As tender as the name and as strong as the flax plant from which it is made, comes the classic ‘Linen’ fibre that is used to make a wide range of garments from sarees, shirts, crop tops, kurtas and an endless range of preferred light-weight clothes. Genetically, linen fabrics are those that are woven or knitted in classic patterns so that the material allows the end-product to be thin yet sturdy. Origins of this fibre are traced to parts Europe, but the outreach without a doubt is worldwide and well liked everywhere.
The origin of Linen:
Linen is technically a vegetable plant that is one of the oldest cultivated in human history. Tracing back the whereabouts of its origin, Linen is found to have been cultivated in areas that had flowing water by the side of hilly ranges such as streams and rivers. To this day, the chemical properties and the magic that blends linen have not been discovered by science, despite locating the roots to Belgium, France and Holland. Primarily from the European countryside, Linen has remained to hold the “finest fabric” position intact competing against cotton on the domestic and tussar on the lavish front.
Strength and longevity:
Linen is known to be the world’s strongest natural fibre. It is so durable it’s even used in paper money to increase strength! It is thicker than cotton and linen fibre has variable lengths, most of which are very long. This contributes to strength, which contributes to longevity. Linen lasts a very long time.
The feel of Linen:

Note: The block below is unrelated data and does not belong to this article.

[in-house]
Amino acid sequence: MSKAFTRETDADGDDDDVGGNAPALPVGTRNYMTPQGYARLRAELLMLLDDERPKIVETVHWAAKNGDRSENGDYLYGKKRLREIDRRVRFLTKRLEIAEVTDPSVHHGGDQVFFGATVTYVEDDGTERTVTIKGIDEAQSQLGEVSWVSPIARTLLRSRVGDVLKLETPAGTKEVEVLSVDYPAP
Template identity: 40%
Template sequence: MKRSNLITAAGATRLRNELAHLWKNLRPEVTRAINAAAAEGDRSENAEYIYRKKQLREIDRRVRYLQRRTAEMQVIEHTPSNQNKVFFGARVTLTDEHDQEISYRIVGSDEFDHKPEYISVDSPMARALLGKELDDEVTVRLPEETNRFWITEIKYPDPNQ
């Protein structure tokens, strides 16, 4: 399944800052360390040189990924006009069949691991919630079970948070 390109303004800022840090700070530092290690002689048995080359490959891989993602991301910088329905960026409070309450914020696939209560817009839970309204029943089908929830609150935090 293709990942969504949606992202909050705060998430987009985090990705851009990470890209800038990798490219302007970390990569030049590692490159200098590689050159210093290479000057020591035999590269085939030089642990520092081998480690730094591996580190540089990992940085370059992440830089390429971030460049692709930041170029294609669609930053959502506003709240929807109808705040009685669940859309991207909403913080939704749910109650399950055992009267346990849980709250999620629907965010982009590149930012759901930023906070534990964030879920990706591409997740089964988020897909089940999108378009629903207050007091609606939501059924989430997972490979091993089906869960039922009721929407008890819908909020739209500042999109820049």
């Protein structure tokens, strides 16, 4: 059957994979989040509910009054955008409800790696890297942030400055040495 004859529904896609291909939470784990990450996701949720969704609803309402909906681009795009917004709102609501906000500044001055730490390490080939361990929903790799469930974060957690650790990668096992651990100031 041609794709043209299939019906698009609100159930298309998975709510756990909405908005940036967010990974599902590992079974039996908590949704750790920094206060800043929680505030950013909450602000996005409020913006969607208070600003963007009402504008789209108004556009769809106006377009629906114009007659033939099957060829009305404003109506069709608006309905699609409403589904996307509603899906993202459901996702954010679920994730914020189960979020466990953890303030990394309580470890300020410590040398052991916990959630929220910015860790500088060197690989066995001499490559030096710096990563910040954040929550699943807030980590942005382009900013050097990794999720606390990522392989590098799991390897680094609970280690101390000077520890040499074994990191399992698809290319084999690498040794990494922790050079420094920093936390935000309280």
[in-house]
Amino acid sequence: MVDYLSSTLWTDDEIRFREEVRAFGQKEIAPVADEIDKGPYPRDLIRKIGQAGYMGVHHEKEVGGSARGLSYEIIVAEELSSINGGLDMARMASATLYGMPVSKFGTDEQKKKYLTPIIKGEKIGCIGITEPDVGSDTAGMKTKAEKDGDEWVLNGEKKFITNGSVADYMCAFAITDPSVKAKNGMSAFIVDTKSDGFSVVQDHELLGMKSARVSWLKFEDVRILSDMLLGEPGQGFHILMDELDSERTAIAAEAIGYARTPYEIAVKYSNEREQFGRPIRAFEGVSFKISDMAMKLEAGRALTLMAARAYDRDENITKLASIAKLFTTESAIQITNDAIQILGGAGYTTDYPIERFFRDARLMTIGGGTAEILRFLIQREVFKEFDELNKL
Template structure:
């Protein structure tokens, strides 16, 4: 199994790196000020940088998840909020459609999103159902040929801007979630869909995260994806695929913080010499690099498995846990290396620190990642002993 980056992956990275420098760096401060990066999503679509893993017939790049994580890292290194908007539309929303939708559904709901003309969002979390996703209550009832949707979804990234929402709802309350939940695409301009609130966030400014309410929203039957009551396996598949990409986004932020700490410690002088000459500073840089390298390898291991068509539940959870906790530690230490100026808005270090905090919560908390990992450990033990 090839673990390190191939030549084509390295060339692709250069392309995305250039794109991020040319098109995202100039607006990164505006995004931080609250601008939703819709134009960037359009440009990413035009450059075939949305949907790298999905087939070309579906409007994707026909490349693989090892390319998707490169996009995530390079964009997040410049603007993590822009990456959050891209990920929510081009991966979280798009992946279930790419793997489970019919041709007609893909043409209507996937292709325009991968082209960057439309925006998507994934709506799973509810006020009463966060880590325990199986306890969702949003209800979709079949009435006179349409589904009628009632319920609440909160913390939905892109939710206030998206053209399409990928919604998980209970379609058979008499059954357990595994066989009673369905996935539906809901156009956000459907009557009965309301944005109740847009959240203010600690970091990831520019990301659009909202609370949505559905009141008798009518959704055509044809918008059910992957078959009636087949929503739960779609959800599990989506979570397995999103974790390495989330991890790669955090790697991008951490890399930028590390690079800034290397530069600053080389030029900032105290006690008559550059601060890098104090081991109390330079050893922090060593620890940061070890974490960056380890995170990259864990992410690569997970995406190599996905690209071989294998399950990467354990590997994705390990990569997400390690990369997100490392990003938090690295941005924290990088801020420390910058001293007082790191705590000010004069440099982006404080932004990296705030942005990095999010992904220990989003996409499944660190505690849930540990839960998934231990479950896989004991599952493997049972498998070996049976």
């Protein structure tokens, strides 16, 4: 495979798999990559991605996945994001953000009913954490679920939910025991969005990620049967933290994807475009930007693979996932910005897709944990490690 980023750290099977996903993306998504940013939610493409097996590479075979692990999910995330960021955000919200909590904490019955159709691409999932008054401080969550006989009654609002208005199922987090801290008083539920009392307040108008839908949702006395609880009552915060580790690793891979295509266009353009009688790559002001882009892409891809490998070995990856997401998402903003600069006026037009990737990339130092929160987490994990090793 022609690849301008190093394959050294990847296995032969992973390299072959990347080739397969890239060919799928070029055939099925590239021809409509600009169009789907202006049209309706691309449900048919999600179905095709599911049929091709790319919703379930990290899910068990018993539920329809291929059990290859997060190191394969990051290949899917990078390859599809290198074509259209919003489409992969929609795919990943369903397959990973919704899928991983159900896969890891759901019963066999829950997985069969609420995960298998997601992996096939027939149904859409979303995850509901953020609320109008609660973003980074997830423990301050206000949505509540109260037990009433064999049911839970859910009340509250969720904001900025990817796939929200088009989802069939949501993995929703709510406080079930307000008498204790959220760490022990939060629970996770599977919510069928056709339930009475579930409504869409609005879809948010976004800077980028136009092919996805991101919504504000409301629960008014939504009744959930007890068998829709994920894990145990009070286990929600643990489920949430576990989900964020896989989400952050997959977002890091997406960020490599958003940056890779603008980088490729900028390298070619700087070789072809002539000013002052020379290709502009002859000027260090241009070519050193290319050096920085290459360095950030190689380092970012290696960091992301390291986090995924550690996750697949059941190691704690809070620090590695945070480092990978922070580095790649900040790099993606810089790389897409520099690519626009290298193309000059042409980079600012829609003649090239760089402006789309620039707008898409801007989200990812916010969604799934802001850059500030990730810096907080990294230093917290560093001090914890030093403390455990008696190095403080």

From the flax plant, Linen is a bast fibre. Known to be crisper than cotton, linen becomes soft and supple through handling. It gains elegance and softens to behold the most fluid drape. Though it is has more natural texture than cotton, it is silky with high lustre.
Wrinkles? Both cotton and linen are associated with wrinkles. Linen fibres have a natural resin called lignan. At first, the fibers are stiff and crease easily. The wrinkles become smoother through handling and use.
The all-weather fabric – linen:
Having grown up in a tropical country like India, one might wonder why linen is hyped so much. Linen fibers are hollow and it allows the air and moisture to move naturally. During the colder months, linen helps to retain heat and warmth from your body. Linen is a natural insulator. It is valued for its ability to keep cool in the summer months and trap warmth in colder weather. This is because of the natural properties of the fibre itself. Thus, linen balances out the extremes survives longer and comforts you like no other fabric.
Linen Saree vs cotton saree:
Linen sarees range with far less thread count in comparison to its counterpart cotton and this marks the subtle difference which makes a new linen saree feel softer. A new cotton saree is crisp only at outset and turns to finesse and softness upon recursive washes. With just 60-120 on the thread count, linen sarees commission the searing edges for a longer duration of time. The thickness of the fabric can be attributed to its emergence from the middle of the flax plant, thus naturally thicker and yet softer.
Why is Linen a new age fabric?
The stamina of this fabric has paved the way for copious combinations. When collaborated with native fabrics like khadi, jute and cotton, plain colors rave the wearer with classic looks. When blended with tussar and banarasi, linen silk and linen tussar stand out as epitome of elegance. Linen sarees also come in mild border zaris, checks, abstract Jamdani pallu and are also hand-woven these days. Printed linen sarees and designer linen are for the young minds, it really does not matter which option you choose, head to The S Studio or Shop online and all of your linen thirst will be satiated with their stunning collections of pure linen saree, dupattas, and salwar sets.